In June of 1769, an astronomer named David Rittenhouse prepared to observe a rare cosmic phenomenon, the transit of Venus. Rittenhouse had built an observatory on his farm in Pennsylvania to monitor the planet as it moved across the face of the sun, a small black dot against the glowing orb in the afternoon sky. When the moment arrived, Rittenhouse “became so over-excited that he collapsed and fainted, missing the beginning of the most important event of his scientific life,” writes the historian Andrea Wulf. “When he regained consciousness, he quickly grabbed his telescope to discover that Venus had already entered the sun, but calmed himself sufficiently to take some observations."
Astronomers across the globe entered a similar state of feverish excitement yesterday. There have been no reports of fainting—yet—but just like Rittenhouse, they are overwhelmed by a new opportunity to experience our next-door neighbor.
NASA has picked not one, but two new spacecraft missions to study the second planet from the sun. The missions—a probe that will plunge into Venus’s atmosphere and an orbiter that will remain circling overhead—are expected to leave Earth at the end of this decade. All day, the astronomy community waited for NASA Administrator Bill Nelson to make an unspecified announcement about future missions, and when he spoke the word Venus, planetary scientists, to use less-than-scientific parlance, kind of lost it. There's a spacecraft in orbit around Venus now—a Japanese spacecraft called Akatsuki—but NASA hasn’t sent a mission to the planet in more than 30 years. One mission would have been thrilling, but two feels almost surreal.
The decision was particularly satisfying for many planetary scientists, especially those who believe that NASA has overlooked Venus in favor of our other next-door neighbor, Mars. In the past three decades, NASA has sent more than a dozen robots to the red planet. Where was the love for Venus?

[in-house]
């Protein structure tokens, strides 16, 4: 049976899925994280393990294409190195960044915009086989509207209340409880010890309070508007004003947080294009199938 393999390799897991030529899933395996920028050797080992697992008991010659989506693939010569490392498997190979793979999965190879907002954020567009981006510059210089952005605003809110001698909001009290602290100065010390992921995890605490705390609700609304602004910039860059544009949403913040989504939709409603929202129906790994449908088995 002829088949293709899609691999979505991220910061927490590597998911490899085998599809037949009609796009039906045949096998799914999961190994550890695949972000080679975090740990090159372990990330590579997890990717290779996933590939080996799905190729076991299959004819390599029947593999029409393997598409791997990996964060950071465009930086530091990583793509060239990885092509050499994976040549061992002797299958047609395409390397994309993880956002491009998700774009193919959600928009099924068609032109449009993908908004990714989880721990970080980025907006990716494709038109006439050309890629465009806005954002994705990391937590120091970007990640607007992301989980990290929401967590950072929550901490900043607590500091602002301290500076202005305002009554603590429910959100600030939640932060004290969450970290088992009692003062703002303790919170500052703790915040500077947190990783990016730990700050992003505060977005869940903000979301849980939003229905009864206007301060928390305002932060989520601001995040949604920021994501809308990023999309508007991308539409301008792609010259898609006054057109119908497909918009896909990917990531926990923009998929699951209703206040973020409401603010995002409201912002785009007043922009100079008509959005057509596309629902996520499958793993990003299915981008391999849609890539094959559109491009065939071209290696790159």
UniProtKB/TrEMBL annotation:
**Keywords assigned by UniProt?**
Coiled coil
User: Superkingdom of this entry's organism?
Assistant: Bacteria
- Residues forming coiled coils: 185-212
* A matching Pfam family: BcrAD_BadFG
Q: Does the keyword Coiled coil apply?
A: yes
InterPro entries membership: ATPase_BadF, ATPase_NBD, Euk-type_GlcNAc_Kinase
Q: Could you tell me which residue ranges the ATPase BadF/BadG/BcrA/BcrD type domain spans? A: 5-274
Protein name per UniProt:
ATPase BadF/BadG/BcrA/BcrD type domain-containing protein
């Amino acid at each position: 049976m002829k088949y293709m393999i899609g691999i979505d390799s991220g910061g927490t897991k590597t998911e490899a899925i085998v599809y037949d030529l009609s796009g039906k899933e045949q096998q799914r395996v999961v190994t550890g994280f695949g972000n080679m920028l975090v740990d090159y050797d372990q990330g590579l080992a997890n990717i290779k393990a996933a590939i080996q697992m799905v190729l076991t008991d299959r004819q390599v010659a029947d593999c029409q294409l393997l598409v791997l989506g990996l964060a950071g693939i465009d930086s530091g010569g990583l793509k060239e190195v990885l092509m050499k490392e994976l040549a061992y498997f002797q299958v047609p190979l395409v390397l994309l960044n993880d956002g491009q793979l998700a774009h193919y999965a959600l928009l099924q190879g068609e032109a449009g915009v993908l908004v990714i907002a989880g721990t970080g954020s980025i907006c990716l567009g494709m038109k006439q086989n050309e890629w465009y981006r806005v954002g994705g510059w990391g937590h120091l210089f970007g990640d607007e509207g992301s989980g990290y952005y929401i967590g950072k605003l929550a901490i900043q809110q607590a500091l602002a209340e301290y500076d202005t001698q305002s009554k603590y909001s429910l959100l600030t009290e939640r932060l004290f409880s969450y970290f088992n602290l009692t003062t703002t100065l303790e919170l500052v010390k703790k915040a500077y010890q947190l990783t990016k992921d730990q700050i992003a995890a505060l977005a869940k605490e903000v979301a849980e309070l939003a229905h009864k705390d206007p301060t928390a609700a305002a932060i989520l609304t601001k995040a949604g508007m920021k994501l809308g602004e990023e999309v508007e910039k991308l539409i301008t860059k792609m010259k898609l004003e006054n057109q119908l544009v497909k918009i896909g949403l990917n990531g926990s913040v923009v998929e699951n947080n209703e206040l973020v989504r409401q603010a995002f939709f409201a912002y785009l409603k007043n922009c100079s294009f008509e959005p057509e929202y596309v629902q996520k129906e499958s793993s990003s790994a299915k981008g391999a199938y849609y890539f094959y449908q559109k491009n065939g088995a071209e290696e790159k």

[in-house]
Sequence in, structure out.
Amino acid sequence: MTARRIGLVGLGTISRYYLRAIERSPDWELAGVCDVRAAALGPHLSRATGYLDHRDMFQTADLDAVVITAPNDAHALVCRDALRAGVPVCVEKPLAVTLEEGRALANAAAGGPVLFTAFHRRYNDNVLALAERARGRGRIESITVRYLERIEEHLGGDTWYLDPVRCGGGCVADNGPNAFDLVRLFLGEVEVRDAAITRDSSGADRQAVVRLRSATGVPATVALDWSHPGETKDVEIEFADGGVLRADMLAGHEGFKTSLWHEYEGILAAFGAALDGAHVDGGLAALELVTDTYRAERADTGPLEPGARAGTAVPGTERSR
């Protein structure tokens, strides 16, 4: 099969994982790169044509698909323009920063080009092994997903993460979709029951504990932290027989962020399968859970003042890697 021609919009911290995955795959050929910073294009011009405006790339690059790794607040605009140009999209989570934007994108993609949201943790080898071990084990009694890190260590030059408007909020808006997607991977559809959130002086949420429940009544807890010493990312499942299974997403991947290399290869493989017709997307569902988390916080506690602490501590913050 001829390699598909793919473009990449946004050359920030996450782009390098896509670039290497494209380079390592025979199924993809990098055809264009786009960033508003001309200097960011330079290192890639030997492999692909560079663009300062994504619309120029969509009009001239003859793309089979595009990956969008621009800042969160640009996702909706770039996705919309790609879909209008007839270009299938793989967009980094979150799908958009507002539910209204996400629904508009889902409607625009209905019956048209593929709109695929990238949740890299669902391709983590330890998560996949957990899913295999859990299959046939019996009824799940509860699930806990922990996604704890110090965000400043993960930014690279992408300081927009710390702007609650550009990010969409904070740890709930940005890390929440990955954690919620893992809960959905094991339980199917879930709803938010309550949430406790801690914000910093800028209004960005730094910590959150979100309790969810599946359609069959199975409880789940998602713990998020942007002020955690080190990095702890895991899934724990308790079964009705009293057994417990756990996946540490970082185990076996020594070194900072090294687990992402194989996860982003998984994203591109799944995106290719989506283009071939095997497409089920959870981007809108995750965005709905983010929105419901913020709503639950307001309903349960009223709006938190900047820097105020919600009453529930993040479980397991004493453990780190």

After all, we owe quite a bit of our understanding of the universe to this shining planet. It was Venus that helped prove the Copernican theory that the sun, not Earth, was at the center of our solar system. When Galileo saw Venus thinning into a crescent in his telescope, moving through phases just like our moon, he deduced that the planet must be reflecting sunlight in its orbit around our star. Centuries later, when people began to dispatch machines into the solar system, the first to reach another planet crash-landed on the Venusian surface in 1966. The earliest missions, dispatched by the Soviet Union, revealed an inferno of a planet, with scorching temperatures that melted the spacecraft that managed to touch down.
You have to forgive Venus for that: It wasn't always this way. Billions of years ago, the planet was balmy and as comfortable as Earth, likely with an ocean of its own, before its atmosphere ballooned with heat-trapping gases and its water vanished into space. That history, combined with similarities between Earth and Venus in size and composition, is why planetary scientists refer to the planets as twins. But it’s not hard to see why NASA has chosen to focus on another sibling. Mars has a surface that won’t melt robots, and while exploration there isn’t easy, the agency has gotten confident enough that engineers have managed to fly a first-of-its-kind helicopter without crashing. For a space agency that has long promised to send astronauts to Mars, the attention makes sense.